FIN48 is not a new regulation, but it’s one that can sneak up on nonprofit organizations. The name FIN48 comes from the FASB (Federal Accounting Standards Board) Interpretation Number 48. It was originally enacted in 2006 for public companies and extended to private companies, including nonprofit organizations, in 2008. The ruling looks at specific activities of organizations for tax determination. Here are some of the most obvious uncertain tax positions that are red flags for tax-exempt organizations:
– Excessive officer compensation
– Below-market loans to key company executives, employees or board members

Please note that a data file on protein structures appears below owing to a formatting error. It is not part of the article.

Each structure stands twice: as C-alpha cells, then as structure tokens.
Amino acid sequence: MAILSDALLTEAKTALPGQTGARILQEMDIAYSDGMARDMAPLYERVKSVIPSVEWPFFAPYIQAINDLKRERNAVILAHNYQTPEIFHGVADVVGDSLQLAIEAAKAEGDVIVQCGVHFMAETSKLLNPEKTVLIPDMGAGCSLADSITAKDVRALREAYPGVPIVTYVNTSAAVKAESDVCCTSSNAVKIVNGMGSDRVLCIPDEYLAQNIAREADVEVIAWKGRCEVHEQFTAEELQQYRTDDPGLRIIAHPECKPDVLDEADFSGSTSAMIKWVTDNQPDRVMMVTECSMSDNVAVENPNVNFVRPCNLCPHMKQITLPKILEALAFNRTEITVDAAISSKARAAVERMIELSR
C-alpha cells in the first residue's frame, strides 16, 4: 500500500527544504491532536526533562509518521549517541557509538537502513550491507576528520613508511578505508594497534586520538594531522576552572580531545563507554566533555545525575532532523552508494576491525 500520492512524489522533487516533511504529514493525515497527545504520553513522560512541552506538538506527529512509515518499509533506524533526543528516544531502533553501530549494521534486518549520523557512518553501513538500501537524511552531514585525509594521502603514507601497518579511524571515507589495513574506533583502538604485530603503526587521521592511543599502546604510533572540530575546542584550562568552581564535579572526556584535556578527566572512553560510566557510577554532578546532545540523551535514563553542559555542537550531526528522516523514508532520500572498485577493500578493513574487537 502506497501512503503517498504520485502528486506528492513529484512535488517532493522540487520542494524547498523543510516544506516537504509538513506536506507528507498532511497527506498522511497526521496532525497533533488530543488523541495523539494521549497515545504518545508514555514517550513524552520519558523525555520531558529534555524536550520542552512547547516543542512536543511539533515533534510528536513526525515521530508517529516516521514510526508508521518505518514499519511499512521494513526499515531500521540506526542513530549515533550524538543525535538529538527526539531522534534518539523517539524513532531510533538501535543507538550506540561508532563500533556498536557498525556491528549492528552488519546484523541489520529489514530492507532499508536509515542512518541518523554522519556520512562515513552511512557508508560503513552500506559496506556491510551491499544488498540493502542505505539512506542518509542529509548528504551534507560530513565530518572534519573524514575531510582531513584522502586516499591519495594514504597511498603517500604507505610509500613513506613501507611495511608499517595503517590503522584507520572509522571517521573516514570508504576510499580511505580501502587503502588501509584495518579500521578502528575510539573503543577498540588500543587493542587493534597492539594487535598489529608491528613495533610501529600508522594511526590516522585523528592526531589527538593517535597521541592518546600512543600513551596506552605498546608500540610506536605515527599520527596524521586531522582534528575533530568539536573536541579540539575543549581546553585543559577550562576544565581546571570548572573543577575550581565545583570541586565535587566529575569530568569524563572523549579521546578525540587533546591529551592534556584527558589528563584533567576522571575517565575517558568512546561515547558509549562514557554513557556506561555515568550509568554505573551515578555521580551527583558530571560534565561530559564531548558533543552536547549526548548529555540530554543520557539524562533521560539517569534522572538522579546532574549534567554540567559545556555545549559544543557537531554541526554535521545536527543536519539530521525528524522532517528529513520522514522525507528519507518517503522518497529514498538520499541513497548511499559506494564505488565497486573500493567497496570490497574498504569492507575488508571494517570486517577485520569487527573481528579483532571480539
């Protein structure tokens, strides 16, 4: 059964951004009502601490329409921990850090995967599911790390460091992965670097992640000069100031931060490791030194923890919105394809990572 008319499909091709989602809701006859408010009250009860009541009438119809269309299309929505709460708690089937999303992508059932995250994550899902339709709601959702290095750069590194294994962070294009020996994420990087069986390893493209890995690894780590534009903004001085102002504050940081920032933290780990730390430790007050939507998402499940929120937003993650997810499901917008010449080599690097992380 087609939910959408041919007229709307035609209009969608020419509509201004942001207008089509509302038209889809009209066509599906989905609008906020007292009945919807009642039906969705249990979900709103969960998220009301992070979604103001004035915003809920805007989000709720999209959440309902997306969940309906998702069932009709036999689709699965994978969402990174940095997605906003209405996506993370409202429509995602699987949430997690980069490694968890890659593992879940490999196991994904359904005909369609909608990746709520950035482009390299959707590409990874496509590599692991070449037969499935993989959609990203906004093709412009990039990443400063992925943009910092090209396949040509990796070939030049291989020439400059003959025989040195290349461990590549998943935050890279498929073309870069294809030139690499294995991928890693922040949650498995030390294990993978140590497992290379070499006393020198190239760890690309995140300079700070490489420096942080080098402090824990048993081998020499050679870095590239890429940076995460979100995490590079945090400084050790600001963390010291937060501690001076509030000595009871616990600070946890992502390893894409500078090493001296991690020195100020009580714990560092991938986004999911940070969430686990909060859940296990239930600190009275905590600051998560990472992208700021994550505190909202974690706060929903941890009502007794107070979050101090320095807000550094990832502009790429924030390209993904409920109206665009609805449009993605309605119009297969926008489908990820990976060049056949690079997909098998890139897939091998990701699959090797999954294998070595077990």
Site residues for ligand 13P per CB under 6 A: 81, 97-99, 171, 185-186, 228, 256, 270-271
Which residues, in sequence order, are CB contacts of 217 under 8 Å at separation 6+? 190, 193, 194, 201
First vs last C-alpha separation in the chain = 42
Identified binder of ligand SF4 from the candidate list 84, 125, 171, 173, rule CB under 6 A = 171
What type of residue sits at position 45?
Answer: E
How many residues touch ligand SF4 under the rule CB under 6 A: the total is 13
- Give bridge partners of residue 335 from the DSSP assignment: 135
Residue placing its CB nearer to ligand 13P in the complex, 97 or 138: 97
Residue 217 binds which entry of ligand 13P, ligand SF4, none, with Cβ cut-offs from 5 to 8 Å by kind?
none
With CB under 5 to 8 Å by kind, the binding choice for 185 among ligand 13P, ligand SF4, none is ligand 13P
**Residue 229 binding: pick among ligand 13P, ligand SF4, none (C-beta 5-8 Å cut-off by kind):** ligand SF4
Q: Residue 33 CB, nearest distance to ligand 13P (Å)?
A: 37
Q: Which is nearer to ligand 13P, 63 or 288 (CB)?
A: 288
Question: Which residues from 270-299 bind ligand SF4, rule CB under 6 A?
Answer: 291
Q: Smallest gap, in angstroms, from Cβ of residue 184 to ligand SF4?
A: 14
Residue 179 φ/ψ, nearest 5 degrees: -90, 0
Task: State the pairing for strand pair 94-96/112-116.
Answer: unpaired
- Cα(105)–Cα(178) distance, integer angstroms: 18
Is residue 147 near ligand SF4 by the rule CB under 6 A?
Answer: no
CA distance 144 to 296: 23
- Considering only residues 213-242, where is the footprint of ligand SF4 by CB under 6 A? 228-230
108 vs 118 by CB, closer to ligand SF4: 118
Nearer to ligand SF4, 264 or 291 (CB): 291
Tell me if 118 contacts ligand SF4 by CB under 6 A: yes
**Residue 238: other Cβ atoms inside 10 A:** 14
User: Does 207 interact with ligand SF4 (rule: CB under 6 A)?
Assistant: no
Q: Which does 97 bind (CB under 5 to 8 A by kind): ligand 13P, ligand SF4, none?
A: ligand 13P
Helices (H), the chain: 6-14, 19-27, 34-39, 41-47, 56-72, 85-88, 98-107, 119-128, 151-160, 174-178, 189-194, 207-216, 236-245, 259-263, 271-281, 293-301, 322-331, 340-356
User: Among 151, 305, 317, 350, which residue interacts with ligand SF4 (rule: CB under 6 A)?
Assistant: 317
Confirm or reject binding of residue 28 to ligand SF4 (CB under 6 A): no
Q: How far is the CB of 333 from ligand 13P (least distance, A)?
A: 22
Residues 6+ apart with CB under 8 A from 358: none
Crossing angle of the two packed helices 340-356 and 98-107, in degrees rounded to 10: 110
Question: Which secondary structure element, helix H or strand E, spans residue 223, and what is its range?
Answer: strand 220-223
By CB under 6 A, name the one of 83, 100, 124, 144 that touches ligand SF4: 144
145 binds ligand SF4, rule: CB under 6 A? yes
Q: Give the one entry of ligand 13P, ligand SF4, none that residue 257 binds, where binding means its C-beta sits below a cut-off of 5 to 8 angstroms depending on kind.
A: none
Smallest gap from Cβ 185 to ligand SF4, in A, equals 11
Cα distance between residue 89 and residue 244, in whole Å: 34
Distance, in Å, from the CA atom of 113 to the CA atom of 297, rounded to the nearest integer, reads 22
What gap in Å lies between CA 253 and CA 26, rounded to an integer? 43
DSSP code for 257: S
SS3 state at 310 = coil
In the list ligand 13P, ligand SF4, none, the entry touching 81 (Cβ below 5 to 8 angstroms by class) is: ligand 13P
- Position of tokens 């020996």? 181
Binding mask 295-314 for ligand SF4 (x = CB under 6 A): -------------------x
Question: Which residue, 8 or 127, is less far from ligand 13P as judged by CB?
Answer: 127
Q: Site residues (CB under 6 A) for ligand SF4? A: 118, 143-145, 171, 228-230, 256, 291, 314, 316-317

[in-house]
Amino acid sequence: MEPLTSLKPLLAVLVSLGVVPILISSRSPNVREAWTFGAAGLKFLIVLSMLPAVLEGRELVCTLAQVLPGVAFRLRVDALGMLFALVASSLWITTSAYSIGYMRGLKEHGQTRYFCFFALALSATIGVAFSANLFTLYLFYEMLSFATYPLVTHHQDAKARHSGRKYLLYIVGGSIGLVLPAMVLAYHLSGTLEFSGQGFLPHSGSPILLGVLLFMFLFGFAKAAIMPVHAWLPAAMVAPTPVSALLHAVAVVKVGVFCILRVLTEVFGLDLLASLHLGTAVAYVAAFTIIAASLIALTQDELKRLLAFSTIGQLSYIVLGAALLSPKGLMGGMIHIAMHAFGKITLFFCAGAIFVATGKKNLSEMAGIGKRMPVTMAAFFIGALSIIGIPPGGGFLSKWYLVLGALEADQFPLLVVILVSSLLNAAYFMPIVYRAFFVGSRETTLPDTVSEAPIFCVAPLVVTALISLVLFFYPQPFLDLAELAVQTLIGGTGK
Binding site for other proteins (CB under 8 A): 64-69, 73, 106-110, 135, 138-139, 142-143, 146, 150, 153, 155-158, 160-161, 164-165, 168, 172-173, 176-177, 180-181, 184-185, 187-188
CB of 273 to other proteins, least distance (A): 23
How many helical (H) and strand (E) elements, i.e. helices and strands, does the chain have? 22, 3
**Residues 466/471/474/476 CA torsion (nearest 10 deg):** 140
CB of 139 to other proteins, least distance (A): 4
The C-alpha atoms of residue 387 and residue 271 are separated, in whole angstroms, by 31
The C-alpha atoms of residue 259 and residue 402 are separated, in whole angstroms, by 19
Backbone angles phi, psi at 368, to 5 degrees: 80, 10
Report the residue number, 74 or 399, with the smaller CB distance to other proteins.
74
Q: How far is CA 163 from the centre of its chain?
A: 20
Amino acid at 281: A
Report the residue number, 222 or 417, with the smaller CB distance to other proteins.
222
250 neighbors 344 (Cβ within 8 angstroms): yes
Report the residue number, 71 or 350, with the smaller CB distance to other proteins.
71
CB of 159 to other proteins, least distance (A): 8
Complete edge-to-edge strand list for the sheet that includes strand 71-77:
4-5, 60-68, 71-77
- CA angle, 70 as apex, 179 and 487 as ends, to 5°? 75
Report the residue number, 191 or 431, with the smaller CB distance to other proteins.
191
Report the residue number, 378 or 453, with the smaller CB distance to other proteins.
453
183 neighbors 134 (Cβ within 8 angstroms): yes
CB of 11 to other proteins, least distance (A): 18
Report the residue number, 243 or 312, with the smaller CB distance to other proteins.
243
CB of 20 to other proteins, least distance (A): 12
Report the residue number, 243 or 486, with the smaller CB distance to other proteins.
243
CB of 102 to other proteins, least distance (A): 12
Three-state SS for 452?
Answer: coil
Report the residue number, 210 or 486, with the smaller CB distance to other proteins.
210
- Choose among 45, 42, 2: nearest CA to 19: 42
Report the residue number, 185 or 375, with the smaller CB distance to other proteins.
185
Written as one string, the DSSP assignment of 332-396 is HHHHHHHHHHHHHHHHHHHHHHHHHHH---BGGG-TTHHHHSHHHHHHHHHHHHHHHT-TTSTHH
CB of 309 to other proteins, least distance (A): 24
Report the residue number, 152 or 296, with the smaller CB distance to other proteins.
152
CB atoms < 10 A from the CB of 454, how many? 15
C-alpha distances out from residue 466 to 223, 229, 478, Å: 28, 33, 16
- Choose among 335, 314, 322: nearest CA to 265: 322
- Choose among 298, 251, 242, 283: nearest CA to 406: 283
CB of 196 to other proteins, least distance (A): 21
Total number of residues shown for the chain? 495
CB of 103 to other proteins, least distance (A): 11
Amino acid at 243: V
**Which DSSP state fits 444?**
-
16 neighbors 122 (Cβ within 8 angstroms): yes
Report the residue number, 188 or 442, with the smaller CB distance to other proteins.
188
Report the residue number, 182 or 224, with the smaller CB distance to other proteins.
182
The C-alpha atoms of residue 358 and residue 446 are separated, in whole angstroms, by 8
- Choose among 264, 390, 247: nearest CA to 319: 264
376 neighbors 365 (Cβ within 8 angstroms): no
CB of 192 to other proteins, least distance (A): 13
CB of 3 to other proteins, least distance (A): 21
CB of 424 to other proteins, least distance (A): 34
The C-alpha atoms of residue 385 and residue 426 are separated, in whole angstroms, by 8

– Lobbying or political activity beyond the scope of the organization’s charter
– Excessive unrelated business income
– Unfiled state tax returns
– Net operating losses from taxable activities
– Participation in partnerships, joint ventures or other relationships with entities that may pass taxable income through to the nonprofit.
Taking a hard look at your organization’s activities and expenditures will serve you well to have a solid understanding of your organization for completion of Form 990. Such findings may take considerable time to uncover, and may lead you to make changes in your organization to maintain tax-exempt status. If you have activities that generate tax, the tax must be accrued at the time of the event or activity. A copy of a FIN48 accrual footnote is required with your audited financial statement to be attached to Form 990. This is information that your tax-preparer will need when filing your annual return.